Posts Tagged ‘Ray Kurzweil’
January 2, 2014 | by Sam Frank
I met cartoonist and musician Matthew Thurber six-odd years ago somewhere in Prospect Park (a séance? a picnic?), and then saw him play alto saxophone in his Muzak-jazz-punk trio Soiled Mattress and the Springs at the New York Art Book Fair. We kept running into one another in odd places; or, since New York City is now lacking in odd places, at places where subculture obsessives go to convince themselves there’s still oddness in the world. Soiled Mattress broke up in 2008, but Thurber’s “Anti-Matter Cabaret” act Ambergris has continued, and sometimes he plays with artist Brian Belott as Court Stenographer and Young Sherlock Holmes. In 2011, after years of publishing minicomics, zines, and books on tape, Thurber collected his serial 1-800-Mice in graphic-novel form. It’s about a messenger mouse named Groomfiend, a peace punk named Peace Punk, and a cast of thousands. More recently, Thurber wrote a culture diary for this blog, and started Tomato House gallery with his girlfriend, Rebecca Bird, in Ocean Hill, Brooklyn.
Thurber’s new graphic novel, Infomaniacs, is about the singularity and the end of the Internet; it’s also the final book from the great comics publisher PictureBox, which serialized parts of Infomaniacs online starting in 2010. The book’s heroine is Amy Shit, a punk rapper who sometimes lives off the grid—in a subway tunnel, even. Her brother’s a neo–Ned Ludd who goes around smashing iPhones. Meanwhile, Ralph is an Internet addict who escapes from reality rehab, then embeds in an immortality cult run by a libertarian oligarch who wants to eat the brain of the last man who’s never seen the Internet. A horse and a bat, both intelligence agents for the ATF (Anthropomorphic Task Force), wonder what the singularity will look like—a 1950s computer, a crystal, a cell phone, a tree branch?
Thurber’s video trailer offers a sense of the comic’s raucous hugger-mugger and subterranean surrealism, but doesn’t touch on its Underground Man againstness. For that, perhaps this quote, from an early, uncollected strip: “All bundled up and no place to go … The man who hates the Internet is a man who hates the world.”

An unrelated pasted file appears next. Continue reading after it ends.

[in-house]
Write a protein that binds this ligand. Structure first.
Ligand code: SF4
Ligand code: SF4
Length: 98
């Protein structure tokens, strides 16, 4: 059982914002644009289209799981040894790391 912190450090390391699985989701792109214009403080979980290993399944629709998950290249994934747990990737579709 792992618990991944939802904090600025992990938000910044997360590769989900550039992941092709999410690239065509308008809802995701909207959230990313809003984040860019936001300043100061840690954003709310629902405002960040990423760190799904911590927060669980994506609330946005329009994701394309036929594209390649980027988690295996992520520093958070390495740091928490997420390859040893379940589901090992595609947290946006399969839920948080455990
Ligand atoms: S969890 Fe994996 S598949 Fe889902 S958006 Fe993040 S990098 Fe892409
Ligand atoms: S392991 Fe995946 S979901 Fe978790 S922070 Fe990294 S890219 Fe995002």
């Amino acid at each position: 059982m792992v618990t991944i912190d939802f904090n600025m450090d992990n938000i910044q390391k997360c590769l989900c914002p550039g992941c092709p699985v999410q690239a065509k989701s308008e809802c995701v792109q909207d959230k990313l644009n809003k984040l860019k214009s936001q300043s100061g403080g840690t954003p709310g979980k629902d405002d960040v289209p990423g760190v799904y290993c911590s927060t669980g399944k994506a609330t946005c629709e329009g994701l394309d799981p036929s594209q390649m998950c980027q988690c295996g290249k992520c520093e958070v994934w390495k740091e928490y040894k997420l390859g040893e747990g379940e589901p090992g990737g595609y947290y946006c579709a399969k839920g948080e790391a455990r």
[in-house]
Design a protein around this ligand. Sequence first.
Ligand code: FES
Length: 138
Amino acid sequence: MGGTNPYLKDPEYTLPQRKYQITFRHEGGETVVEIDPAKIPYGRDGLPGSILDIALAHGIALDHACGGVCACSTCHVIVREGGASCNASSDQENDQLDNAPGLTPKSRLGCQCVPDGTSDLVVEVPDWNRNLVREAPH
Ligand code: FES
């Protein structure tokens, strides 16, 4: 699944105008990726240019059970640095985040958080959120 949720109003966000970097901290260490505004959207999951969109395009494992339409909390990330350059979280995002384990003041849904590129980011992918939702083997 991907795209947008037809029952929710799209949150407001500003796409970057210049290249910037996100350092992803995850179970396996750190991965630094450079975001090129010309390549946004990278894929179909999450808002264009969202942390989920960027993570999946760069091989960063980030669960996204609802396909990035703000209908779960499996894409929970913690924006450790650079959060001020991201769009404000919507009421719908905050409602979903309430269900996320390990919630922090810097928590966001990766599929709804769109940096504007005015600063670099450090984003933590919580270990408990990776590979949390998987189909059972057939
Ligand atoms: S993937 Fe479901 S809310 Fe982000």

Thurber and I met in the office I share with a puppet theater, near the Barclays Center. Giant heads hung from the walls. I don’t have Wi-Fi and don’t know anyone’s password. Read More »
September 30, 2013 | by Adam Leith Gollner
What have we not done to live forever? Adam Leith Gollner’s research into the endless ways we’ve tried to avoid the unavoidable is out now as The Book of Immortality: The Science, Belief, and Magic Behind Living Forever. Over the past seven weeks, this chronological crash course has examined the ways humankind has striven for, grappled with, and dreamed about immortality in different eras throughout history. This is the final installment.
You have to get old. Don’t cry, don’t clasp your hands in prayer, don’t rebel; you have to get old. Repeat the words to yourself, not as a howl of despair but as the boarding call to a necessary departure. —Colette, Les Vrilles de la Vigne
In 1927, before Charles Lindbergh set off across the Atlantic Ocean, newspapers described the flight as a guaranteed “rendez-vous with death.” While the Spirit of St. Louis hummed toward France, human-formed phantoms and vapor-like spirits materialized before Lindbergh’s eyes. These “inhabitants of a universe closed to mortal men” spoke to him, reassuring him and helping him find his way. This inner experience, he wrote, seemed to penetrate beyond the finite. It was an epiphany that guided the rest of his life.
After his pioneering flight, he received millions of letters, thousands of poems, countless gleaming accolades. Whole cities attended parades in his honor. Wing-walking skywriters spelled HAIL LINDY high in the air. Former secretary of state and later U.S. Supreme Court chief justice Charles Evans Hughes gave a speech in New York heralding “science victorious.”